Think HBR

TRUST your employees?

Andrew Cairns
Burke & Mead Lawyers
In everyday life many relationships are built on trust. A break down in trust erodes the fabric of the relationship, and at times the break down is irretrievable. The employment relationship is no different. But what does that mean contractually?
Recently the Federal Court and High Court have deliberated over whether or not a term of mutual trust and confidence should be implied into all employment contracts in Australia. The effect of such a term could require an employer to second guess every move it makes as the move may be a breach of trust owed to the employee.
It’s been long established that an employee has duty to cooperate with his or her employer and a duty of fidelity to not engage in conduct which prevents the employee from performing the obligations of the contract, or to breach confidence. An employer has a duty to ensure a safe system of work and to give reasonable notice of termination unless there is a breach of contract.
In Commonwealth Bank of Australia v Barker the Full Court of the Federal Court upheld a decision of the Federal Court that all employment contracts in Australia had an implied term of mutual trust and confidence. This ruling paved the way for aggrieved employees to make claims against their employer for breaches of policy and procedures which were not contractual in nature, and claims that could not be contemplated by the employer in advance. It essentially meant that an employer had a contractual obligation to treat its employees fairly and reasonably. If an employee felt that they were not treated fairly, that is the trust had been broken, damages may be payable, even in the absence of a contractual breach in the traditional sense.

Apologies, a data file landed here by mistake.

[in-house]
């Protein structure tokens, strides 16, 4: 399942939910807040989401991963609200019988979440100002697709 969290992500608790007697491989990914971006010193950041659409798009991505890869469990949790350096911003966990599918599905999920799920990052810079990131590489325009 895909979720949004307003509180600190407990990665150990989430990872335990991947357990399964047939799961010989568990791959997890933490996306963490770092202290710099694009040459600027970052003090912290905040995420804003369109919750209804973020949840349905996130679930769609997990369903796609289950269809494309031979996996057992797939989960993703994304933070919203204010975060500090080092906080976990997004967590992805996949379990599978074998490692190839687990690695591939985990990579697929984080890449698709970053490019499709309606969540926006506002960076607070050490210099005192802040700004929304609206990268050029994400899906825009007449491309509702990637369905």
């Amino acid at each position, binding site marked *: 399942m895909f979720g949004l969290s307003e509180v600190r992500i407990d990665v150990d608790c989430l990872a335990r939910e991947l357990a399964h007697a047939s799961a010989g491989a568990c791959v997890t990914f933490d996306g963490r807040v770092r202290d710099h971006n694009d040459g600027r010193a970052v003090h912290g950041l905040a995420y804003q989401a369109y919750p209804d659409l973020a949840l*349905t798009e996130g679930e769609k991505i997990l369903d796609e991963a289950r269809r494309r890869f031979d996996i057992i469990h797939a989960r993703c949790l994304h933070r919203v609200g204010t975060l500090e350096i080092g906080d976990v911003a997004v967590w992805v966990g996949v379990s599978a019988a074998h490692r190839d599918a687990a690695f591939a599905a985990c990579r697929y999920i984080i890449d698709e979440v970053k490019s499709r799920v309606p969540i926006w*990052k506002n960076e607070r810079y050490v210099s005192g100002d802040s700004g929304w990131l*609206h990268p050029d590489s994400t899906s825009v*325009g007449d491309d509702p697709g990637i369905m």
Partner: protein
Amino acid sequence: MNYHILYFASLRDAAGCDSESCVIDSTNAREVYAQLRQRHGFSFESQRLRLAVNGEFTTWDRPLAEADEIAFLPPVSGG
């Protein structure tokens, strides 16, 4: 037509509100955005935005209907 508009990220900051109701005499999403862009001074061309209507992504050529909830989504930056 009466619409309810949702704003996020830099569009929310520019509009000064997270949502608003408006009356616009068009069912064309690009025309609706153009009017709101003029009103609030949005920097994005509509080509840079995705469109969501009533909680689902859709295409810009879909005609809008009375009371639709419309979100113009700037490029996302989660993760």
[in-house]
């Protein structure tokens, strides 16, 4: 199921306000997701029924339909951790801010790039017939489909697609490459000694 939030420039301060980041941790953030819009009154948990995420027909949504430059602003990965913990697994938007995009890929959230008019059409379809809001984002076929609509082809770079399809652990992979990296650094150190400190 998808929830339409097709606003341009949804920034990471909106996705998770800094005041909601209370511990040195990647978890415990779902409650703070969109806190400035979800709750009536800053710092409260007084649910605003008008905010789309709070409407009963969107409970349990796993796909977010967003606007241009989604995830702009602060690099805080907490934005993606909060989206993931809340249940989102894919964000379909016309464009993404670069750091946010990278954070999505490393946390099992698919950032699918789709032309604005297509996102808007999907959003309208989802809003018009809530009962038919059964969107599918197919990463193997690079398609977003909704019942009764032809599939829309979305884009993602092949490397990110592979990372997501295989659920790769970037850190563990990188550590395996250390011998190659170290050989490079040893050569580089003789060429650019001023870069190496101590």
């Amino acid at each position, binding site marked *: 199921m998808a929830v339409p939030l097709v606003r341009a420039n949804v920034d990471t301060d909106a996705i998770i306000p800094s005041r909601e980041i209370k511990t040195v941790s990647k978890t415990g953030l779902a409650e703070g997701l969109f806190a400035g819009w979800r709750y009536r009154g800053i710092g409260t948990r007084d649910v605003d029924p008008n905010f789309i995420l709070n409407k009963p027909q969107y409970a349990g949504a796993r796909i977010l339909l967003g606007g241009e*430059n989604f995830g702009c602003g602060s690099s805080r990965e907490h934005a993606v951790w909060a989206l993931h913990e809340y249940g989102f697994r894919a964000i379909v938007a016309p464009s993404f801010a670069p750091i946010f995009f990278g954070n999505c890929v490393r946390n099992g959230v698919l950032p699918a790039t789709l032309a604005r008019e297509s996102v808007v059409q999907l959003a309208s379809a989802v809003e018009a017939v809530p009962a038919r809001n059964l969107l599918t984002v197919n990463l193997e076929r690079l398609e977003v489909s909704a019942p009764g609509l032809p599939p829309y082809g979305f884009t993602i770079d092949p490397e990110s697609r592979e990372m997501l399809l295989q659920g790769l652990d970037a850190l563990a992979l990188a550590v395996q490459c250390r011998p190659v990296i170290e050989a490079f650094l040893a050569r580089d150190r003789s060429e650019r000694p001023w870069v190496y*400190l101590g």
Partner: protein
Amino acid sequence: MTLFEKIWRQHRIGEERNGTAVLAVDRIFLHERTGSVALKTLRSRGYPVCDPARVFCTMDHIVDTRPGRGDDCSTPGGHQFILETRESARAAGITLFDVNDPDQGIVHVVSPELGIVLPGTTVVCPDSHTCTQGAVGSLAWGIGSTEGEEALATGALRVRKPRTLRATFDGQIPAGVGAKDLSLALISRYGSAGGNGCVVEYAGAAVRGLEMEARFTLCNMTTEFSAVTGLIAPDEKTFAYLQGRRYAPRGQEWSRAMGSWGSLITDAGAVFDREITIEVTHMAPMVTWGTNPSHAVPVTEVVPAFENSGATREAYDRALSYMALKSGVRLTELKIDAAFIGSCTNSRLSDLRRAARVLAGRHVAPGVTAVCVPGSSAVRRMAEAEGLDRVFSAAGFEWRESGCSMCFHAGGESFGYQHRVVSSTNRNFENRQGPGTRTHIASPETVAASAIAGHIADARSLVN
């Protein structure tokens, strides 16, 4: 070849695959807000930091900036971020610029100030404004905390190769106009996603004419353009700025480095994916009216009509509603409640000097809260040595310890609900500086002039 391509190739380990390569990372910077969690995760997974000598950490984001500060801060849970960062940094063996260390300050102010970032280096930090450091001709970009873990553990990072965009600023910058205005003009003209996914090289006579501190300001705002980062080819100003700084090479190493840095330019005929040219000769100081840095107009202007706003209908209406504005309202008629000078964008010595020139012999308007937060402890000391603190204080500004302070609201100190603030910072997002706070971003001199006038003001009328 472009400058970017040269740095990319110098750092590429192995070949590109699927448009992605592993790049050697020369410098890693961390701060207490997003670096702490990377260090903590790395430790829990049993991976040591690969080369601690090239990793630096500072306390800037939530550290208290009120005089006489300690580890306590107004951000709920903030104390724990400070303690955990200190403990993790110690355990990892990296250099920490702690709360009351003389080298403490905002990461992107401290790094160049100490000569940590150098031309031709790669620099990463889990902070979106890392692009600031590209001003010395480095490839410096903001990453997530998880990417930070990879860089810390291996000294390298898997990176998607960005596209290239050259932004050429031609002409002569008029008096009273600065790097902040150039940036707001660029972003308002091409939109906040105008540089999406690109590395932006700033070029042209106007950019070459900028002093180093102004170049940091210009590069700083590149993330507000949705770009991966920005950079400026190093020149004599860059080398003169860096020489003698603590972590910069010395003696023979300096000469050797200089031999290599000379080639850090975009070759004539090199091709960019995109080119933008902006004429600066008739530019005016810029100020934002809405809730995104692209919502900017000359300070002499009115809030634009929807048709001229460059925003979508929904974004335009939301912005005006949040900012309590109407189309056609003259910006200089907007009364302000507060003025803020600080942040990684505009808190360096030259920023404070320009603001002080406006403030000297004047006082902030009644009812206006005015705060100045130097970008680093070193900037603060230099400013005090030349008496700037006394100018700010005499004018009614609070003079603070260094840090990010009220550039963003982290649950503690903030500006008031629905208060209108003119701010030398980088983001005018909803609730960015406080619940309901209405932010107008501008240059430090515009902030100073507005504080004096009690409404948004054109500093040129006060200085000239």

The High Court of Australia has now overturned the Federal Court decision and refused to follow the approach taken in the United Kingdom. The High Court ruled that a term of mutual trust and confidence is not an implied term of all employment contracts in Australia. The High Court considered that such a term was not necessary and crossed into territory that is heavily regulated by the Australia’s employment legislation.
What does this mean for employers?
Employers and their employees in Australia are bound by either the Fair Work Act and Regulations or the state based industrial relations systems, all of which provide for unfair dismissal and remedy for unfair treatment by employers, including constructive dismissal. By denying the implied term of mutual trust and confidence an employer will not be subject to broad claims for “breaches of trust” which have little or no grounding in the actual contractual employment relationship.
An employer must still be prudent and pragmatic in its dealings with an employee to ensure that contractual entitlements are followed and that the legislative regime is complied with, as a failure to do either may entitle an aggrieved employee to statutory compensation or damages.
We recommend that all employers regularly review their contractual relationships with employees, including policies and procedures. Many long term employees may be performing very different roles and have very different obligations to those contained in the original letter of offer or contract. Regular review, discussion and consultation with employees will assist in creating a trusting relationship, thereby encouraging strong contractual relations.
For further information contact Burke & Mead Lawyers on (02) 4902 3800, email
Andrew Cairns2 Andrew Cairns
Principal Lawyer at Burke & Mead Lawyers, has extensive experience in employment, workplace relations, work health and safety (WHS) compliance and insurance law. His aim is to help employers make their business and their employees work in harmony.